Seomra Spraoi! See my previous post for more information.
April 4, 2012
Unfortunately my camera’s memory was full so I only got a short fragment of their performance, but this is just an attempt to show you why I love this place called Seomra Spraoi, where I often go for very good (vegan) food, meeting nice new people, and occassionally, live music.
I don’t know the girl’s name, but the guy is Eli Wirtschafter, a pretty cool student/musician from California who is currently studying at Trinity for just one semester. I thought their voices and instruments combined very well, and I hope they’ll perform at Seomra more often.
This week was Rainbow Week at UCD, which means a number of events were organised to raise awareness about issues that LGBT (lesbian, gay, bisexual, transgender) people have to deal with, and promote acceptance, and protest about the fact that these people do not have equal rights (compared to other people) by law.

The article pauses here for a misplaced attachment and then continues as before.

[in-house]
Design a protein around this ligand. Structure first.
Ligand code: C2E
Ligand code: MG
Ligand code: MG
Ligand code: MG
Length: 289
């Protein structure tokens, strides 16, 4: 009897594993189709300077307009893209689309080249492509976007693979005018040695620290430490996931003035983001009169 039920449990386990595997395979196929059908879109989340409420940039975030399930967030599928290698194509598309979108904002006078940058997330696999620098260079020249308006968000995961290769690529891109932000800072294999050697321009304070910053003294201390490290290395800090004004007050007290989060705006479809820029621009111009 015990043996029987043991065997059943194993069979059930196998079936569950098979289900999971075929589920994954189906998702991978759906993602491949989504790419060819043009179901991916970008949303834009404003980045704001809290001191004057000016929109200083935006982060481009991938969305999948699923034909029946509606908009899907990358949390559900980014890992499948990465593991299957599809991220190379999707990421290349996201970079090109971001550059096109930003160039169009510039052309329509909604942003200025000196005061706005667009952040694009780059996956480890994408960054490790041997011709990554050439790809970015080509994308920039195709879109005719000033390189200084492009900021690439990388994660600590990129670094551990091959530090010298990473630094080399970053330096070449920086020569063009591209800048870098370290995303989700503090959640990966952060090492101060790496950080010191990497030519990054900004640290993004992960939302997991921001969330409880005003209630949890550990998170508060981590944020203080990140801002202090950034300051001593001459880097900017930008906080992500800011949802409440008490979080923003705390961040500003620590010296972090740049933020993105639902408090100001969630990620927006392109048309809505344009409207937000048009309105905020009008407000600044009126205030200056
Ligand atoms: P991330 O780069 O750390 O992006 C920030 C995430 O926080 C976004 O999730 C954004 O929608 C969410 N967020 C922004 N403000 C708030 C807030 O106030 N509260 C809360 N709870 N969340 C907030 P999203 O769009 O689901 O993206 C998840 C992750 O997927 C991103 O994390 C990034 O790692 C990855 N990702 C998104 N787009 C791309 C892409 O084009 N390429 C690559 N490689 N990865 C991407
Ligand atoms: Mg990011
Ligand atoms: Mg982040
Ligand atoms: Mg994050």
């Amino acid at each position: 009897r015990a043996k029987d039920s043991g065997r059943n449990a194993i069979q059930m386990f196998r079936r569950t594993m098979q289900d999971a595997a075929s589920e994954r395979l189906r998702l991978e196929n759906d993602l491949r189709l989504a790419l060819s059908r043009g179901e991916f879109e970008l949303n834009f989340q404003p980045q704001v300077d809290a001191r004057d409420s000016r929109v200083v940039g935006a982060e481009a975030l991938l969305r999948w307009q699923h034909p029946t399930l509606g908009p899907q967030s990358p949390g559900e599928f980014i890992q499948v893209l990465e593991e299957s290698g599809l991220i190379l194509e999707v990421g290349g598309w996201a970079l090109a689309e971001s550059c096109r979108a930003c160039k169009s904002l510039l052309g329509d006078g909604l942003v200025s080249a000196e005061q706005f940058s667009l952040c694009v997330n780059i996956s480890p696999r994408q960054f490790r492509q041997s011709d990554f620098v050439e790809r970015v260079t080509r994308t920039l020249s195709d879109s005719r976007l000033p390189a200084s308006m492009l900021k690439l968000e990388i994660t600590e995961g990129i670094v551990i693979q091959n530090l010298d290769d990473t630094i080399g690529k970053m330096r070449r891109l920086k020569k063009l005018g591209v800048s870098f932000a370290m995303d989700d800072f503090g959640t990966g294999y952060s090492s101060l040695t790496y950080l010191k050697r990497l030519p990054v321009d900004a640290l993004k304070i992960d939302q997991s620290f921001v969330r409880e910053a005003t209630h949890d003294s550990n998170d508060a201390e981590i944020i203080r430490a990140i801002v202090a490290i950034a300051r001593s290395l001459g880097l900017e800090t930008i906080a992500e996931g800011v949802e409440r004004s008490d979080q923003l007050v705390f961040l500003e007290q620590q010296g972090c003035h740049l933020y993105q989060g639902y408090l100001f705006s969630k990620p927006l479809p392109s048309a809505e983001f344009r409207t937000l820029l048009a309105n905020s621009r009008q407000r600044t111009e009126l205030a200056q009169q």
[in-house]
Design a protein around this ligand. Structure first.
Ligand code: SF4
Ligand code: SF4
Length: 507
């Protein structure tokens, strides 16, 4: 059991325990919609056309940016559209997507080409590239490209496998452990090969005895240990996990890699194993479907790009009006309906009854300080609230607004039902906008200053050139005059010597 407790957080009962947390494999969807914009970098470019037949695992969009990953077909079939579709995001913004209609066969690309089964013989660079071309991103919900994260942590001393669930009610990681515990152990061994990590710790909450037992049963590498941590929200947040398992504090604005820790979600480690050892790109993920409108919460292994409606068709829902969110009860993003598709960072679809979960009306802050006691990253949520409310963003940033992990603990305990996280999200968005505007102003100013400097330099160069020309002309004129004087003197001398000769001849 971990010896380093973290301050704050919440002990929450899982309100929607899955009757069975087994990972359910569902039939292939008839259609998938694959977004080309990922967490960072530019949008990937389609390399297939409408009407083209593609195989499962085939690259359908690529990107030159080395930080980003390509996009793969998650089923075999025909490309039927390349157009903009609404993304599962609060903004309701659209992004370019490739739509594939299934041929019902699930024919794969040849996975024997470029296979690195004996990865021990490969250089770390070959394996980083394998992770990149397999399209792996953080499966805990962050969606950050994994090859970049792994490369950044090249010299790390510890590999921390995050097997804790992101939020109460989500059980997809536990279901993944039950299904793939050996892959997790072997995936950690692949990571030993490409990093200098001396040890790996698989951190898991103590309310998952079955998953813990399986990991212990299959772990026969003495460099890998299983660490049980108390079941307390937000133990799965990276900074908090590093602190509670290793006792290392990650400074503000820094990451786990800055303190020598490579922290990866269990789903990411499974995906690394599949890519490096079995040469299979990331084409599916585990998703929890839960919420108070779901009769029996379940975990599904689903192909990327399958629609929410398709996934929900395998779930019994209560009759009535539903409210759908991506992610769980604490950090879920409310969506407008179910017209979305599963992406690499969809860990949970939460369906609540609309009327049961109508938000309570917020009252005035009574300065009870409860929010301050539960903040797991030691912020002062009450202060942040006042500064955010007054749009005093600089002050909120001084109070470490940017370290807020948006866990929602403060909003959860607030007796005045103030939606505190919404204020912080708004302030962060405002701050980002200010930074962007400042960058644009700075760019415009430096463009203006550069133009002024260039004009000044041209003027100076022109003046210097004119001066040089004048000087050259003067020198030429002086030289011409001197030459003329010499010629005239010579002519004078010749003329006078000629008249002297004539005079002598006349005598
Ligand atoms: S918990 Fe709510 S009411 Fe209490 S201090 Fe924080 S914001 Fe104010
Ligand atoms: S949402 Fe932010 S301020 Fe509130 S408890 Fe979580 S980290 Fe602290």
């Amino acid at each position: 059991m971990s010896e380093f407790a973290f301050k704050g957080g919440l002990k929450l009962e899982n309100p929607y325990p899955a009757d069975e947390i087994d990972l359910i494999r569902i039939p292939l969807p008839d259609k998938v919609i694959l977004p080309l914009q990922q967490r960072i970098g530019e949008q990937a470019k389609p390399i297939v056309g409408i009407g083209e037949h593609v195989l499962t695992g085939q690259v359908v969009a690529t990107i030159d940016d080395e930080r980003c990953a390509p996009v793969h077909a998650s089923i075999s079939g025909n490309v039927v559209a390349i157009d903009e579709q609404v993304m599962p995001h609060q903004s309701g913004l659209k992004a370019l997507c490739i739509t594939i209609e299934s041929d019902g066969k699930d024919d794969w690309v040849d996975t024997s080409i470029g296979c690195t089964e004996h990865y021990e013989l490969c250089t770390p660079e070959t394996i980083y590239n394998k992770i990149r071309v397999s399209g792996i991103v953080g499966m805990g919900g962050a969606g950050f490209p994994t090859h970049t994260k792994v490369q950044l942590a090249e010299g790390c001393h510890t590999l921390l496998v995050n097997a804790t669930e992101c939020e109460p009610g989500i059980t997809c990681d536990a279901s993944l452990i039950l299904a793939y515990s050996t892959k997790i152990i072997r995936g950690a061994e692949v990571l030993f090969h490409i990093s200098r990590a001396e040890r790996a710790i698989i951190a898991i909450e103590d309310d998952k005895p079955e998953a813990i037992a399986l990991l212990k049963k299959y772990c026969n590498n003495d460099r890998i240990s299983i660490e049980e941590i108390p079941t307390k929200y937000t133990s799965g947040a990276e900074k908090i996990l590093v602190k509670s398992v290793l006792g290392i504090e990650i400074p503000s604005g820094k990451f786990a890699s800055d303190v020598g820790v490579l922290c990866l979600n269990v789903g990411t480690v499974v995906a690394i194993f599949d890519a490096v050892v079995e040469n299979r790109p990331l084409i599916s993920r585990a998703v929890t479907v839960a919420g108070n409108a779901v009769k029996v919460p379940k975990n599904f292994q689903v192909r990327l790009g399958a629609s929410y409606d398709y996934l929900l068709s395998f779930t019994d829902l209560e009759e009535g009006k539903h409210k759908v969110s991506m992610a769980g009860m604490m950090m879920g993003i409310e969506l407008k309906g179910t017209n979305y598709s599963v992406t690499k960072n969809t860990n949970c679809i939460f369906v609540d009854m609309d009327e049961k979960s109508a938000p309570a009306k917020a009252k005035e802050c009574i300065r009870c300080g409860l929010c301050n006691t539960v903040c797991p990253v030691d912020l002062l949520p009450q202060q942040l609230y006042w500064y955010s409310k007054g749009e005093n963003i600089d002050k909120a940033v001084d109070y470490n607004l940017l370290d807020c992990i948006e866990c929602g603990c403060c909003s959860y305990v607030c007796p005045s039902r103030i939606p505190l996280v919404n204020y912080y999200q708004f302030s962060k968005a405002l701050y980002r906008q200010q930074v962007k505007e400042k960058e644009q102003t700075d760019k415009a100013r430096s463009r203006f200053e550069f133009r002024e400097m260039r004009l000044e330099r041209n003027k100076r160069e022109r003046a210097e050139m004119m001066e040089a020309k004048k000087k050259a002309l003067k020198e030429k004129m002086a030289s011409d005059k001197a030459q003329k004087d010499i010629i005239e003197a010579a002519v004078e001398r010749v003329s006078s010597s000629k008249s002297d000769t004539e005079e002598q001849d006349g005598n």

To protest against the law which illegalises same-sex marriages in Ireland, the LGBT society organised a Pride March, which means we all walked from the Student Centre towards the UCD lake with rainbow flags, shouting “What do we want? Equal rights! When do we want it? Now!” and then held 3 mock gay weddings. This means we went through a little ceremony where three same-sex couples were “married”. It was a lot of fun, see the pictures and video below :)
And then the President of Ireland, Michael D. Higgins, came to give a talk here at UCD. I know very little about Irish politics, but this seemed like a good opportunity for me to learn a little more about it. It was actually quite inspiring! He talked of hope, and our abilities as individuals to make a change.
The most exciting part, however, was when a former student of his (probably from his time as a lecturer at University College Galway) stood up in the audience and (quite loudly) asked why Mr Higgins did not go back to being a university teacher, as this would the best way to get to his message across to people and make a real change (in his eyes), rather than being in politics. Mr Higgins thanked him and replied that the student was a much better speaker than he himself would ever be.